Do you like sea shells and like collecting them? Connie Miller of Lewes and Julia Smith of Milton sure do. They turn thousands of sea shells into an old art form called Sailor’s Valentines. As some shells are no larger than a pinhead, it’s a painstaking process.
Imagine a mosaic where various pieces of glass are replaced by sea shells. The visual display is stunning.
These works of art have little to do with Valentine’s Day. The original Sailor’s Valentines consisted of two octagonal-shaped wooden boxes that were hinged together. The boxes were the cases containing the ships’ navigational instruments. They opened like a book exposing designs that incorporated hearts, anchors and flowers displayed in intricate geometric patterns and often included sentimental messages such as “Forget Me Not”, Remember Me” or “With Love”. The Smithsonian Garden Museum of Natural History in Washington, DC boasts examples.
The period from 1830-1890 was the heyday of Sailor’s Valentines. Sailors away from home for months and even years, brought them home from a voyage and gave them to their loved one/s. Today, originals are rare, considered collectables and are quite pricey.
Barbados played a key role in the success of Sailor’s Valentines. English brothers – BH and George Belgrave – owned a shop in Bridgetown called Belgrave’s Curiosity Shop. They organized local women to create designs using shells that either were indigenous to Barbados or imported from Indonesia.
Sailing ships often made Barbados their last stop before returning to America, England or elsewhere. The brothers sold the Valentines to sailors looking for souvenirs to take home.
Connie Miller saw her first Sailor’s Valentine in 1986 in Sanibel, Florida where her parents vacationed. Her father scoped out local shows so she could display her wares. “My parents took my work all around the west coast of Florida while I was still working,” she said. Her father was a Delaware River Pilot and they sailed together for 45 years.
She was an art teacher at the Rehoboth and Milton Elementary Schools and Cape Henlopen High School before retiring. She attended the University of Delaware as did Smith who majored in sculpture and metal smithing. She has an MFA from Washington University in St Louis.
“Creating a Sailor’s Valentine can take hundreds of hours depending on how detailed or elaborate they are,” says Smith. Miller spends the better part of each day – from about 8 am to 5 pm in her home studio. The shells are adhered to the flat part of the box with glues that can be purchased at art supply stores like Michael’s.
Miller says traditional Valentines are those made in the 1800s. Contemporary Valentines are those made in more recent times. She is a collaborator on a book called “Sailor’s Valentines: Their Journey Through Time” that goes into great detail about the art objects.
Traditional Valentines are in high demand by collectors. A small double valentine that 20 years ago sold for $350 to $600 dollars now can cost $3,500 – $8,500 dollars now. Depending on the size, some can fetch between $8,500 and $18,000, particularly the larger double Valentines, according to the web site incollect.com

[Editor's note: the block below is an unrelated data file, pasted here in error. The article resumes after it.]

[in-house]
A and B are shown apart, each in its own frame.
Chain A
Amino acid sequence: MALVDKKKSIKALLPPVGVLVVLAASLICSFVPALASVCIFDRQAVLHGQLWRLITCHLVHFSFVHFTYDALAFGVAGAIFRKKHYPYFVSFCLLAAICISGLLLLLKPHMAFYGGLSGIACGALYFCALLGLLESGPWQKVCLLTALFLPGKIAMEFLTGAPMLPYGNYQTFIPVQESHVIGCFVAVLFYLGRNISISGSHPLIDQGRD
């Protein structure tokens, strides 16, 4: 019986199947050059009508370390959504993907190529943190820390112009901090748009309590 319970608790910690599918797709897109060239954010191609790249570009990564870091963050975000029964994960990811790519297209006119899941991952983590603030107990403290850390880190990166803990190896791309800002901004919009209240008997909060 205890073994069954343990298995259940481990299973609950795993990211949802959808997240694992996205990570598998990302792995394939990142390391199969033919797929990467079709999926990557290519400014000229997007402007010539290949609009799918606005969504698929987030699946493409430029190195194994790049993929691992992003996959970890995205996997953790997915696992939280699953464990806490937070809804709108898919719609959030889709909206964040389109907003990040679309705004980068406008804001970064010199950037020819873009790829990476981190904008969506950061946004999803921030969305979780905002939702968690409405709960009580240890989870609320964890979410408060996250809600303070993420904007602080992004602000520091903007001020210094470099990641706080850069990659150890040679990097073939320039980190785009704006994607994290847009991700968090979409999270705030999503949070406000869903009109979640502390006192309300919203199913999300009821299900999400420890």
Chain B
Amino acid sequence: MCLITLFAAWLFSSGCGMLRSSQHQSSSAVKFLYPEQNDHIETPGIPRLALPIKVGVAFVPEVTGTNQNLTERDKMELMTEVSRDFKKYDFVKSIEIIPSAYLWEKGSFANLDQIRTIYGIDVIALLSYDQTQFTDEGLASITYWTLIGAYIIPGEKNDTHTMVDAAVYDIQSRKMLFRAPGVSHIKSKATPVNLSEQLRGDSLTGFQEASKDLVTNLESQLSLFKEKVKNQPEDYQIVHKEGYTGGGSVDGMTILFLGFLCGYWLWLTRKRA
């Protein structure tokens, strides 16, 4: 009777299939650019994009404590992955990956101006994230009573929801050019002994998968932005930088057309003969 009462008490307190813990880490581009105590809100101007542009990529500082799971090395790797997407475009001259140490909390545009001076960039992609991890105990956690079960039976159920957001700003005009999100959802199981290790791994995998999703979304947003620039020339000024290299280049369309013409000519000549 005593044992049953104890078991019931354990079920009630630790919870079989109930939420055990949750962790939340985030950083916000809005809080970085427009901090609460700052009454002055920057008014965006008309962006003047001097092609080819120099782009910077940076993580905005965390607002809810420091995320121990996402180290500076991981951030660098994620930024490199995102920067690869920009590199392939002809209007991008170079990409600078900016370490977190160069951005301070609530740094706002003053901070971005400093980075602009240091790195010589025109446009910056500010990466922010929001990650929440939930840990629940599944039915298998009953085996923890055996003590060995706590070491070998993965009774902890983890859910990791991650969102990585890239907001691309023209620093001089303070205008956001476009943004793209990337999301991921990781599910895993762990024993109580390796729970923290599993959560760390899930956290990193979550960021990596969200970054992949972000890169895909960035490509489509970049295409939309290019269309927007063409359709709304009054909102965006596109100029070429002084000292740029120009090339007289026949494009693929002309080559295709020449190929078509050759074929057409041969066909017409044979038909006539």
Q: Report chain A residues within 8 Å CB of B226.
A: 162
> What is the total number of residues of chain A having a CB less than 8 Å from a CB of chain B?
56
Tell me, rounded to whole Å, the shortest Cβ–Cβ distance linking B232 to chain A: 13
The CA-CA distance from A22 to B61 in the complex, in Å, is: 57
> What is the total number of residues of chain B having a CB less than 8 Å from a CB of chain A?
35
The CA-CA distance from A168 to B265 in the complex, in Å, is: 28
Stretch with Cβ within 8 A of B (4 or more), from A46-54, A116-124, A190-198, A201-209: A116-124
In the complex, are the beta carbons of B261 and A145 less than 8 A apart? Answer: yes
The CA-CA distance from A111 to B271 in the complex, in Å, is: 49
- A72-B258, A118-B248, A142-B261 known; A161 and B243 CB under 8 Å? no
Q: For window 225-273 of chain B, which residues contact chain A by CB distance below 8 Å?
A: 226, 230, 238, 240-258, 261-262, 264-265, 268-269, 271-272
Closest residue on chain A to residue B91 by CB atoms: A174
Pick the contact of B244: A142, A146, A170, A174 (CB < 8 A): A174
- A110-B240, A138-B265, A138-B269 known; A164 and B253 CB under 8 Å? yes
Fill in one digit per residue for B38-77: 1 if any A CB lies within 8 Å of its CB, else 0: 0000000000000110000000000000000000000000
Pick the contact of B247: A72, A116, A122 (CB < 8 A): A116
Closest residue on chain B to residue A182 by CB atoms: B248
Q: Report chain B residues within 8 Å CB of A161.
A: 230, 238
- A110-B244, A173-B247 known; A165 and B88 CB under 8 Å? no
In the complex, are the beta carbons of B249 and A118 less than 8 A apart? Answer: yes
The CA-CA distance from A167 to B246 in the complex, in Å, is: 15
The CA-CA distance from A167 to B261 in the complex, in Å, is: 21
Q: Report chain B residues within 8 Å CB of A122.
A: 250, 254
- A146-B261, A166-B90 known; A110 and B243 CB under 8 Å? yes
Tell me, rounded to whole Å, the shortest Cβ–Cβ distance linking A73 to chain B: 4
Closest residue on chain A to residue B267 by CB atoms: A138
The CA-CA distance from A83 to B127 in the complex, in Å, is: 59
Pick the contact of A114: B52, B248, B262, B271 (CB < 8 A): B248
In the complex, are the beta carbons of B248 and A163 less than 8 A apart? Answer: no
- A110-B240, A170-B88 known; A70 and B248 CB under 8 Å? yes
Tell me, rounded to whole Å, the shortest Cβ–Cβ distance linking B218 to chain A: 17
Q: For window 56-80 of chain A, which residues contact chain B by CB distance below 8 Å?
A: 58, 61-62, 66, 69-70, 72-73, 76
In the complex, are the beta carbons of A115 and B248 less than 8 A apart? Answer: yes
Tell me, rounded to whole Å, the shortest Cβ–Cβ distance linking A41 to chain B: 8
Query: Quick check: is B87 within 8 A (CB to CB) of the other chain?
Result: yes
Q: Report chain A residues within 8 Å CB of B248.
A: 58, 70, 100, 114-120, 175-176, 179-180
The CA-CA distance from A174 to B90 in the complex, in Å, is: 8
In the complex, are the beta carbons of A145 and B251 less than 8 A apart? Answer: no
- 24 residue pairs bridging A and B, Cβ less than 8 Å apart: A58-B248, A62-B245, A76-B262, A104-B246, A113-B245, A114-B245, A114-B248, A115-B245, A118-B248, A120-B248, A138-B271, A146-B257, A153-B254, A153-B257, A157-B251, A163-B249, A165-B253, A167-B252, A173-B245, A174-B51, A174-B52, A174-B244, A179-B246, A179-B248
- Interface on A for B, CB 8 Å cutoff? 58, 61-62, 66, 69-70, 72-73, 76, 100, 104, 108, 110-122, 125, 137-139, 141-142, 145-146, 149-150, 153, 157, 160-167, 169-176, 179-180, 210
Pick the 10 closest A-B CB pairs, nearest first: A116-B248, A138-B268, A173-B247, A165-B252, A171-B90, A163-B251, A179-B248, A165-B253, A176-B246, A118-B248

Contemporary Valentines, like those made by Miller, also can cost several thousand dollars but mass-produced versions carried at Rehoboth’s Sea Shell Shop are much less.
“It’s not an inexpensive endeavor but the results are beautiful treasures to be handed down. I loved them from the first one I ever saw,” said Julia Smith. “When design decisions can be a very meditative pursuit for those of us inclined to that sort of work. It’s not for everybody, but it’s my harmony with the universe.”
Miller and Smith make Valentines of various sizes. Most are single octagonal boxes. They rely on various sources for the shells. Miller has created large scale signs for various residential communities including The Tides, Captiva Sands and Oyster Bay.
Both women were raised in beach loving, sailing families. They exhibit in shows that feature Sailor’s Valentines. Both have been honored for their work. “Sanibel is the shell capital in the U.S.,” said Miller. Sanibel has a shell show which she plans to attend in March.
Shows primarily are sponsored by regional Shell Clubs. Miller says that Florida clubs are still quite active, and North Carolina has a thriving club at present. “People from all over the world collect Sailor’s Valentines,” says Miller.
Learn more about Smith by visiting her website, Smith Studios. Miller does not have a website (please email us directly if you’d like to send her a message: firstname.lastname@example.org
The Delaware Seashore State Park just below Dewey Beach at Indian River has offered lessons on how to make a Sailor’s Valentine. Their most recent class was held in December. (Contact the park for further information: (302) 227-2800. Or search the DE State Parks website for upcoming programs. ) For some Valentine’s Fun, Zwaanendael Museum (Lewes) will put hosting a Sailor’s Valentine class. On February10th, from 11am – 3pm you can learn about historic sailor valentines, and then make one yourself. (Craft free and for all ages.) Call 302-645-1148 or email email@example.com
Mary Jo Tarallo spent much of her career in public relations with various non-profits and spent 40 years involved with the ski industry s a journalist, public relations director for a national trade association and as executive director of the Learn to Ski and Snowboard initiative. Prior to her ski industry involvement she worked for the Maryland International Center in Baltimore and United Way of Central Maryland. She won a Gold Award for TV programming for a United Way simulcast that starred Oprah Winfrey. She has been cited for her work by numerous organizations. Mary Jo grew up in Baltimore, attended the University of Maryland and Towson University, lived in Washington, DC for 21 years and has been a full time resident of Rehoboth Beach and Milton since May 2019.